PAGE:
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On throwing the first stone: Thoughts on Trudeau and blackface

On throwing the first stone: Thoughts on Trudeau and blackface

Canada's Prime Minister Justin Trudeau takes part in a news conference in Ottawa, Canada, February 8, 2016. | (Photo: Reuters/Chris Wattie)

As a Canadian, I am not a fan of Justin Trudeau. But it wasn’t always so. While I voted for the NDP during the last federal election, I viewed Trudeau and the Liberals as a welcome break from a decade of Stephen Harper and the Conservatives.

Four years have changed my opinion once again, and in this fall election, I now plan to vote for the Conservatives as a welcome break from Trudeau and the Liberals.

What changed? Put simply, scandals like SNC-Lavalin have shown Trudeau to be just another corrupt politician. And debacles like his India trip have consolidated the impression that he is trite and unfit for the world stage. To top it off, while virtue-signaling is irritating at the best of times, Trudeau’s virtue-signaling is regularly marred by gross hypocrisy.

Trudeau has fashioned himself a champion of women and visible minorities. And yet, that image has been called into question, notably with the charge that Trudeau sexually groped a reporter in the year 2000 (though he says he remembers the encounter differently). And now, the revelation that Trudeau seems to have colored his skin to echo visible minorities on at least three occasions (a fact that falsifies his initial claim that he only did it twice).

That final point brings me to the topic of this article. I am not inclined to have sympathy for Trudeau. I think he is lacking in depth and character. And I am in agreement with Andrew Coyne’s assessment of Trudeau as a “sanctimonious fraud.”

Having said that, I can’t help but point out that many of Trudeau’s harshest critics today likely would not have batted an eye about blackface/brownface twenty years ago. I remember attending a university variety show in about 1995. One of the acts consisted of five Caucasian students dressed up with blackface and wigs and performing the Jackson Five. I am quite sure that today, they all would rather forget that moment. But in 1995, they brought the house down.

Similar examples of widespread racism and sexism from an earlier time are easy to identify. In the late 1980s, my high school friends and I referred to cheap Tuesday at the movie theater as “Jewsday”. I burn with shame today to think that we never drew the obvious connection with the demonic history of anti-Semitism.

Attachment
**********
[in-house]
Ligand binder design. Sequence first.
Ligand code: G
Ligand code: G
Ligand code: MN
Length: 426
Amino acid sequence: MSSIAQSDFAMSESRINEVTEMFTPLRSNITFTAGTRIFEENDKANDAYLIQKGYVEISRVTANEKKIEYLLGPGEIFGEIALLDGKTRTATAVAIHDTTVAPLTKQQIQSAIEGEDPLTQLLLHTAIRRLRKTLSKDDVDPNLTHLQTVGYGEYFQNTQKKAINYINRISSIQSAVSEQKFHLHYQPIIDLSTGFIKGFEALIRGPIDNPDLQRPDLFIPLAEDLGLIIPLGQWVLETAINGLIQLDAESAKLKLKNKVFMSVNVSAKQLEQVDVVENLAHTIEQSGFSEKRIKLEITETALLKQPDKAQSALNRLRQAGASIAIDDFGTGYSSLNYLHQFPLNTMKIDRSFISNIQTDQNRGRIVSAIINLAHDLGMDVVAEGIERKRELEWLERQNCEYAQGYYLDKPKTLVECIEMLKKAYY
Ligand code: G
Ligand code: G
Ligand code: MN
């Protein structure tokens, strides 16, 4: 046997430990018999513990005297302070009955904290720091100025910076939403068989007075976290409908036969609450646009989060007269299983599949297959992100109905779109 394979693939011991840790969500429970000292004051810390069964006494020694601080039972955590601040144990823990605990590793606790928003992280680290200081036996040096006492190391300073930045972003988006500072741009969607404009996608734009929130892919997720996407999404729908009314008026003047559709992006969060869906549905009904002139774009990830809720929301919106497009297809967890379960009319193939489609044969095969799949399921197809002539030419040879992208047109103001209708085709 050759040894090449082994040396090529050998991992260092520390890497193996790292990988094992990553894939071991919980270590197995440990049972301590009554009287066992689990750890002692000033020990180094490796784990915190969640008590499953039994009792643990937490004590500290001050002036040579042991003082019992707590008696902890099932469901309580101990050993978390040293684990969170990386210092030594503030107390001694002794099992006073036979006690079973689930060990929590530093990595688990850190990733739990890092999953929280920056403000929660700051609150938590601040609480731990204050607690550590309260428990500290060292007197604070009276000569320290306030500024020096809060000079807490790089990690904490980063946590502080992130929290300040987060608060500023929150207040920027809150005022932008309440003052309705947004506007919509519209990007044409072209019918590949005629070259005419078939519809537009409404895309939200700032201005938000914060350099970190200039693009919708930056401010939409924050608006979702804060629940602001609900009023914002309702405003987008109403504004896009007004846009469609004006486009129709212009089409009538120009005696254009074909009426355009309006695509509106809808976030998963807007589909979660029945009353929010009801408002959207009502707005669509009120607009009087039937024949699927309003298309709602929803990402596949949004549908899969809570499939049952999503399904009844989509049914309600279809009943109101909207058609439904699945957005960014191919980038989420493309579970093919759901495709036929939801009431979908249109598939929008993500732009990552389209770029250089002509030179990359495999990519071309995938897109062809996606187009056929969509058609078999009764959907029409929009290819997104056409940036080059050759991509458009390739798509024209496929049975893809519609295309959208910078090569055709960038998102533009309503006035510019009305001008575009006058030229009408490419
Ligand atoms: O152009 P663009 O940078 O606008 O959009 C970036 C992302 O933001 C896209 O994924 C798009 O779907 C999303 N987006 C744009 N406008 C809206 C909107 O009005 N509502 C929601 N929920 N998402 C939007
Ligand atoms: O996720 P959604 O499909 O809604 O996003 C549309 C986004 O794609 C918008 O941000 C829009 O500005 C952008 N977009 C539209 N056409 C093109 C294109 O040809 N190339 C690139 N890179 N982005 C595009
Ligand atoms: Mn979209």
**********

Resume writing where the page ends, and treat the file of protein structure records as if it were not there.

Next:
Perhaps even worse, I occasionally hung out with a guy in high school who was out-and-out racist. Every year in art class he would make a grossly offensive clay caricature of a black person which he called his “Jigaboo.” I remember being uncomfortable about it, but I still hung out with him, and the art teacher let him do it. 

I finally cut ties with him in 1991/92 after I, at last, came to terms with the depth of his racism. But I freely admit that that was too little, too late. (Incredibly, I looked him up online last year and discovered that he is now married to a Latina and runs a bed and breakfast in Mexico! I suspect he has done his own moral growth in thirty years.)

The Kavanaugh Hearings last year provided a painfully bright light onto misogyny and rape culture. (I wrote about it here.) That painful episode leaves one to wonder how many men in public life today have skeletons in their closet of sexual harassment, assault, even rape.

And with that, I circle back to Justin Trudeau. Though I may share Andrew Coyne’s judgment that he is a sanctimonious fraud, I do not make that judgment with any sense of self-superiority. Instead, I am driven back to reflect on my own moral development over the last thirty or forty years. And as I reflect on how far I have come, I also have an emerging sense of how far I still have to go.

Dr. Randal Rauser is Professor of Historical Theology at Taylor Seminary in Edmonton, Alberta, where he has taught since 2003. He blogs at randalrauser.com and lectures widely on issues of theology, Christian worldview, and apologetics. Randal is the author of many books including his latest, What's So Confusing About Grace?

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